In today’s Washington Post, the always-insightful Robert Costa reports on Sarah Palin’s latest foray into electoral politics. In Iowa to observe a Palin campaign appearance on behalf of Republican Senate candidate Joni Ernst, Costa was surprised to note that Palin, who is still widely considered to be a rock star of the political right, spoke to a half-empty ballroom with only a few dozen hanging around afterward hoping to shake the hand of the former Alaska governor. That contrast between this event and the pandemonium that greeted Palin wherever she went in 2010 and 2011 led Costa and NBC’s Kasie Hunt to ponder just how much her stock had fallen since her heyday as the No. 1 attraction for the Tea Party crowd.

Some of this analysis is spot on. There’s no question that Palin has been superseded in the eyes of many on the right by the class of conservative notables like Ted Cruz, Mike Lee, and Rand Paul that was produced by the 2010 and 2012 election cycles. Even though Palin can claim some credit for the victories of figures such as Cruz, when pollsters quiz Republicans about potential presidential candidates for 2016, Palin is usually not even mentioned. Though her supporters will point to the rain in Iowa as the reason for the low turnout, the fact is she is no longer as much of a draw as she once was. But in noting, as Costa did, the fact that she “soldiers on as a diminished figure in the Republican Party,” we should, however, not assume that this means she is bereft of influence or supporters. In accounting for this change in status, we must understand that what has happened is not so much a case of a former first-tier political personality declining to secondary status but that she has morphed into something entirely different than a conventional office-seeking politician. She is now a celebrity brand that, while it will never be as significant as any of the actual contenders for leadership of the Republican Party and the nation, will nonetheless remain in place for the foreseeable future as both a scourge and a source of inspiration for the right wing of the GOP.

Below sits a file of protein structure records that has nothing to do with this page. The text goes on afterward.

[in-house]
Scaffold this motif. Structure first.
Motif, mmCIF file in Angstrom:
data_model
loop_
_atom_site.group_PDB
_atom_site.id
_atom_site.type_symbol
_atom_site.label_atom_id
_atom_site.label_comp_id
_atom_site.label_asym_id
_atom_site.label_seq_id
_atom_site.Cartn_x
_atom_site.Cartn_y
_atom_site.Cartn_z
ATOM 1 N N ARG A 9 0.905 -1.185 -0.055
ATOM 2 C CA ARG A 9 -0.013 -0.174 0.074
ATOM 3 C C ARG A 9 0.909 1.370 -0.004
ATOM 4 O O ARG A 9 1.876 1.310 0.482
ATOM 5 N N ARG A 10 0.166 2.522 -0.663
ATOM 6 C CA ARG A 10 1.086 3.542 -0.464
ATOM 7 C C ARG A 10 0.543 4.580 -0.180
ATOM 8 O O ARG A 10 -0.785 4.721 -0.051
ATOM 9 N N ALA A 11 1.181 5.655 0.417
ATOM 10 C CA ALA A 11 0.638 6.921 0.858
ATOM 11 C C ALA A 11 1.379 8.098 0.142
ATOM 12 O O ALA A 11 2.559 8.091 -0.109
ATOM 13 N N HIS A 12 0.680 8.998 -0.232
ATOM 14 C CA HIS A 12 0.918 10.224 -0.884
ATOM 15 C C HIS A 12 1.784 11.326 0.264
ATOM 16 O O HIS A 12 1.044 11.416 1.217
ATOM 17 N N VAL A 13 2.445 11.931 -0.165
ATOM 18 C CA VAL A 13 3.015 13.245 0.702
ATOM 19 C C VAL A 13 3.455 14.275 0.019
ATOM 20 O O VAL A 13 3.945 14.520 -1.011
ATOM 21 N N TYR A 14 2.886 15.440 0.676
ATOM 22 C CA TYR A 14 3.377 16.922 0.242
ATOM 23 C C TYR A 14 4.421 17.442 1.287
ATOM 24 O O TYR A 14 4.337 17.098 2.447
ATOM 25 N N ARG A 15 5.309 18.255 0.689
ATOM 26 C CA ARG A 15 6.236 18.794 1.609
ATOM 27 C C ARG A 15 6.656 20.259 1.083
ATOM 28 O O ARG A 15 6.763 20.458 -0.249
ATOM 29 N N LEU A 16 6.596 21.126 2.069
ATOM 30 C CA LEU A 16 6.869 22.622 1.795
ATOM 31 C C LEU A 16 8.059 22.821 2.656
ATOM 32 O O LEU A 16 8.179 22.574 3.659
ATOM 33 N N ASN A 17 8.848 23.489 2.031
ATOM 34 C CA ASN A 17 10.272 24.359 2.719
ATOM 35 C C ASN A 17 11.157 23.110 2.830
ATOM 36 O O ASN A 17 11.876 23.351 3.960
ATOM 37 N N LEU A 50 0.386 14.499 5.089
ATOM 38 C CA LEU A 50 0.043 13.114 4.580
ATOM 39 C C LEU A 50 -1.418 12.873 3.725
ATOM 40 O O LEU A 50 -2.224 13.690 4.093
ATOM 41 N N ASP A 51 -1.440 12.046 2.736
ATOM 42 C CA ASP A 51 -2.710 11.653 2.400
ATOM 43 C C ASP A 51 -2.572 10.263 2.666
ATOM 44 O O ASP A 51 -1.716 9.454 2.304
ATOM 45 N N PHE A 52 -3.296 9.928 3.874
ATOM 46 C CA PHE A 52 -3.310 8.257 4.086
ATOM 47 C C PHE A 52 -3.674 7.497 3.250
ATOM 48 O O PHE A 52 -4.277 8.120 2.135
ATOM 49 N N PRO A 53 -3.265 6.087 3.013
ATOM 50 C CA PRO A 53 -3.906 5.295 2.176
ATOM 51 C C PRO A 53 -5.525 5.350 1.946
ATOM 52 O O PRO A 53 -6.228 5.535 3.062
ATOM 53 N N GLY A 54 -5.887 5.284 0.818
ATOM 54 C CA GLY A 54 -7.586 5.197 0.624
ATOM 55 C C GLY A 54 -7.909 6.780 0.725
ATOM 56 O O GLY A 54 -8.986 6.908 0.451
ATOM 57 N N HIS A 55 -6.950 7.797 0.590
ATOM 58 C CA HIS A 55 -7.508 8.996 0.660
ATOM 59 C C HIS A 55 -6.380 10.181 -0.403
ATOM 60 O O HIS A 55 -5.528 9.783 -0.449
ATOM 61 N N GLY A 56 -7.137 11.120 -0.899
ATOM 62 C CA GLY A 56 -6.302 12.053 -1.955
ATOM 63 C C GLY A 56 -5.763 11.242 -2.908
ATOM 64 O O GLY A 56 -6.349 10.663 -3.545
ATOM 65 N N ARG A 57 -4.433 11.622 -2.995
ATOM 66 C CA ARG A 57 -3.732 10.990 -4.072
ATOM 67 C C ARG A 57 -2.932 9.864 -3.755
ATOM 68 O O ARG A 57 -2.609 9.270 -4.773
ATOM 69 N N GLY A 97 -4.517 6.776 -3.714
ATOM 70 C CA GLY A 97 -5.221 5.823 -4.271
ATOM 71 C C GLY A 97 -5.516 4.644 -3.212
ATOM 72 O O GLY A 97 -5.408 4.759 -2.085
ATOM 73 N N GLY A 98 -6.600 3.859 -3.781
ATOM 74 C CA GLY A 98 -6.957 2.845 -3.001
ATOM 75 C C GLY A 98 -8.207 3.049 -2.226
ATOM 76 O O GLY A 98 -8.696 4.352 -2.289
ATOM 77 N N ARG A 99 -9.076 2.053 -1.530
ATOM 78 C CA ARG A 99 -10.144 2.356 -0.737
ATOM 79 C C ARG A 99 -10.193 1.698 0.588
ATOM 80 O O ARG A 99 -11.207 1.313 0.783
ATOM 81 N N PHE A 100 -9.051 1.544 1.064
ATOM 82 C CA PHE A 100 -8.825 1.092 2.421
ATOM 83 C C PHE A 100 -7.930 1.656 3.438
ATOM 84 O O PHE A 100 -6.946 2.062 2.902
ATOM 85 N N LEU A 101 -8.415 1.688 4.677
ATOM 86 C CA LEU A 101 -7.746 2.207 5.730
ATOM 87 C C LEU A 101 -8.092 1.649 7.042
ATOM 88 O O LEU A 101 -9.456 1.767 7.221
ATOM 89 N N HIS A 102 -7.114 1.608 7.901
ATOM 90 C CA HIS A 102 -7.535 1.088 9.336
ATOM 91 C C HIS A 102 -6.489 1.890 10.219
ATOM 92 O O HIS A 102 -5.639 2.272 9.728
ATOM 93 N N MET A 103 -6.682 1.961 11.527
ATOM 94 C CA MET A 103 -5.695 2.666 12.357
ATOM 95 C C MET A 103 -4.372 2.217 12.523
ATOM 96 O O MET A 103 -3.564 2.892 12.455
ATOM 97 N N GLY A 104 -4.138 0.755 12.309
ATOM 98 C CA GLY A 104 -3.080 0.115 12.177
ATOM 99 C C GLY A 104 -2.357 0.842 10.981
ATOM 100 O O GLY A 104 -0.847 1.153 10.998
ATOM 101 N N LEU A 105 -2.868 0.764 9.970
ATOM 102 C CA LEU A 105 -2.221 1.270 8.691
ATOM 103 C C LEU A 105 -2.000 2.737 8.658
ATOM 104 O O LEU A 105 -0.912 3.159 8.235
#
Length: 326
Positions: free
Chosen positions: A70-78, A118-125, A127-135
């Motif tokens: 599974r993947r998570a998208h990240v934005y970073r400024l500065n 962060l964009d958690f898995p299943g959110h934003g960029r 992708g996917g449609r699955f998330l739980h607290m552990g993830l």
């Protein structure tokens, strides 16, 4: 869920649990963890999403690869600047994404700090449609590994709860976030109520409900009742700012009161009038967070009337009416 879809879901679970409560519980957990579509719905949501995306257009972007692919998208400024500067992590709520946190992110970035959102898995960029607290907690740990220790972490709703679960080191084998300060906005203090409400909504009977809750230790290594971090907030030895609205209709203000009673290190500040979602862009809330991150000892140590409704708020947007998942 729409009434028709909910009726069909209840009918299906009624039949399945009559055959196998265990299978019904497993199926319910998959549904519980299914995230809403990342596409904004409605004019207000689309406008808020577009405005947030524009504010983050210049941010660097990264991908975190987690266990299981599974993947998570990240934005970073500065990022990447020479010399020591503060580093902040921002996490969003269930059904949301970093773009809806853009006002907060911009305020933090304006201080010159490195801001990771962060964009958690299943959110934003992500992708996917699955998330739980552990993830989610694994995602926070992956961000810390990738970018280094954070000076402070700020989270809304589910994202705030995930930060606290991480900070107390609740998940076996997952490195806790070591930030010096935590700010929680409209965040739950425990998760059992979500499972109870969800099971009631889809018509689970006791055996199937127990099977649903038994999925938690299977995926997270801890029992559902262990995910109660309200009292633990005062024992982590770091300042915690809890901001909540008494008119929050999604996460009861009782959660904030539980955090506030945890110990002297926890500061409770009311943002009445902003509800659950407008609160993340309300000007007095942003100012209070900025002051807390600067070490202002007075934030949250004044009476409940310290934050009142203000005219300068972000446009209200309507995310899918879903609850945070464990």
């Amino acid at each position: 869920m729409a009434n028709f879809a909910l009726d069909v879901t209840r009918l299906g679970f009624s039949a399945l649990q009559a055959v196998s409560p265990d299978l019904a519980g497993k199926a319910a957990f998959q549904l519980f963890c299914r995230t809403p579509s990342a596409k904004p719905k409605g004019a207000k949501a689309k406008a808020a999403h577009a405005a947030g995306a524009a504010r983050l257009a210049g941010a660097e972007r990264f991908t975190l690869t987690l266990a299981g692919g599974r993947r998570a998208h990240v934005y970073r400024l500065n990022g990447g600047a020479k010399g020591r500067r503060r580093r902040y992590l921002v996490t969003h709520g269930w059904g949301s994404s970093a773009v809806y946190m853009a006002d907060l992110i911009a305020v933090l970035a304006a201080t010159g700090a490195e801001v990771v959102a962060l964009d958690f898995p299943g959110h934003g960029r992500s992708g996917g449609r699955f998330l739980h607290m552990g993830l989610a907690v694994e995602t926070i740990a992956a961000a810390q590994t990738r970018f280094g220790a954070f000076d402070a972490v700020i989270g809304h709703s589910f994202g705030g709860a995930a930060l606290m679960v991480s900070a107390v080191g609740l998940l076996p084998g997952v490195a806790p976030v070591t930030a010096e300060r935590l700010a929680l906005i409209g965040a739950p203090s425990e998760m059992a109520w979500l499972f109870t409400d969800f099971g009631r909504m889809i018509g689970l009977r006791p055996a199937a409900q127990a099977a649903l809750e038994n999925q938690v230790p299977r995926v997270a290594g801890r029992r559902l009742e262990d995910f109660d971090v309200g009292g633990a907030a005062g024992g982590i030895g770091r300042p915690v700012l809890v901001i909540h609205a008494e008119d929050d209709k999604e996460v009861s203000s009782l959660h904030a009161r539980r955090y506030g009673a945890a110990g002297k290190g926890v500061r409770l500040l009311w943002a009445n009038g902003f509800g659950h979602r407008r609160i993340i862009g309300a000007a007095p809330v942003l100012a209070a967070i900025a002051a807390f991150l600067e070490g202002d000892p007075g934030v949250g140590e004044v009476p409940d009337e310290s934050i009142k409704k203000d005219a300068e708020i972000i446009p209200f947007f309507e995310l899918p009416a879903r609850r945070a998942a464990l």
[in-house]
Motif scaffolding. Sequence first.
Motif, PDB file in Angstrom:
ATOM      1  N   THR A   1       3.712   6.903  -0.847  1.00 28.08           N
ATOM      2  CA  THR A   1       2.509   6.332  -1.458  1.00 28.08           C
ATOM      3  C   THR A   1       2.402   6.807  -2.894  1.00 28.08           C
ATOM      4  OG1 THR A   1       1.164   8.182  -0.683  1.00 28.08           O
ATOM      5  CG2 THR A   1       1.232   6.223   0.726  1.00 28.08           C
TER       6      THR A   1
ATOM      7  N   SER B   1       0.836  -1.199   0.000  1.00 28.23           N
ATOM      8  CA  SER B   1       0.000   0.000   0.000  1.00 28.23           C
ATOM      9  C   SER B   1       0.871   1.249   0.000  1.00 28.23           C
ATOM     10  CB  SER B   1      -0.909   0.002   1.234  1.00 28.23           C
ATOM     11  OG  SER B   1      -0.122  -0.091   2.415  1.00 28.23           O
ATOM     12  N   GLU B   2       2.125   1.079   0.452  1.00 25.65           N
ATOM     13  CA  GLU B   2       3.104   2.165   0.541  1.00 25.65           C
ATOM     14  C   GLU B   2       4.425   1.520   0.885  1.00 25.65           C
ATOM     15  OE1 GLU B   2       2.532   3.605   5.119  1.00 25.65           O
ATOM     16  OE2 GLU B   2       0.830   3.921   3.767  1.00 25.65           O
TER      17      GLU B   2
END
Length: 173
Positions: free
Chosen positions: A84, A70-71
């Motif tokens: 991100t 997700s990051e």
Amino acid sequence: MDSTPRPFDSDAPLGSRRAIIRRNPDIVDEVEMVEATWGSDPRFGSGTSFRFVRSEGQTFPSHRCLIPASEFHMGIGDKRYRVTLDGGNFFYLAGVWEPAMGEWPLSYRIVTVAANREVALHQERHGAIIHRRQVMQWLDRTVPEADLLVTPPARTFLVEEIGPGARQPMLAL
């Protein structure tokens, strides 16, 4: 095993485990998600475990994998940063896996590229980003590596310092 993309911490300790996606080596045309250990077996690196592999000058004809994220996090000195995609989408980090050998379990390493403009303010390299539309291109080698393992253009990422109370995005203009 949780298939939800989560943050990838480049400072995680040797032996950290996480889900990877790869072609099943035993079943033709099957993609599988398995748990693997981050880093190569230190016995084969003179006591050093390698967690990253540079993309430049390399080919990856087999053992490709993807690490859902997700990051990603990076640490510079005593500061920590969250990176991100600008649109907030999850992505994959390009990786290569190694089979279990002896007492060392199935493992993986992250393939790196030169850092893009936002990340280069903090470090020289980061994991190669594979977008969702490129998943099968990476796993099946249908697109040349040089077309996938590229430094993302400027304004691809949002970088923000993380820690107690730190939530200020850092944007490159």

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In today’s Washington Post, the always-insightful Robert Costa reports on Sarah Palin’s latest foray into electoral politics. In Iowa to observe a Palin campaign appearance on behalf of Republican Senate candidate Joni Ernst, Costa was surprised to note that Palin, who is still widely considered to be a rock star of the political right, spoke to a half-empty ballroom with only a few dozen hanging around afterward hoping to shake the hand of the former Alaska governor. That contrast between this event and the pandemonium that greeted Palin wherever she went in 2010 and 2011 led Costa and NBC’s Kasie Hunt to ponder just how much her stock had fallen since her heyday as the No. 1 attraction for the Tea Party crowd.

Some of this analysis is spot on. There’s no question that Palin has been superseded in the eyes of many on the right by the class of conservative notables like Ted Cruz, Mike Lee, and Rand Paul that was produced by the 2010 and 2012 election cycles. Even though Palin can claim some credit for the victories of figures such as Cruz, when pollsters quiz Republicans about potential presidential candidates for 2016, Palin is usually not even mentioned. Though her supporters will point to the rain in Iowa as the reason for the low turnout, the fact is she is no longer as much of a draw as she once was. But in noting, as Costa did, the fact that she “soldiers on as a diminished figure in the Republican Party,” we should, however, not assume that this means she is bereft of influence or supporters. In accounting for this change in status, we must understand that what has happened is not so much a case of a former first-tier political personality declining to secondary status but that she has morphed into something entirely different than a conventional office-seeking politician. She is now a celebrity brand that, while it will never be as significant as any of the actual contenders for leadership of the Republican Party and the nation, will nonetheless remain in place for the foreseeable future as both a scourge and a source of inspiration for the right wing of the GOP.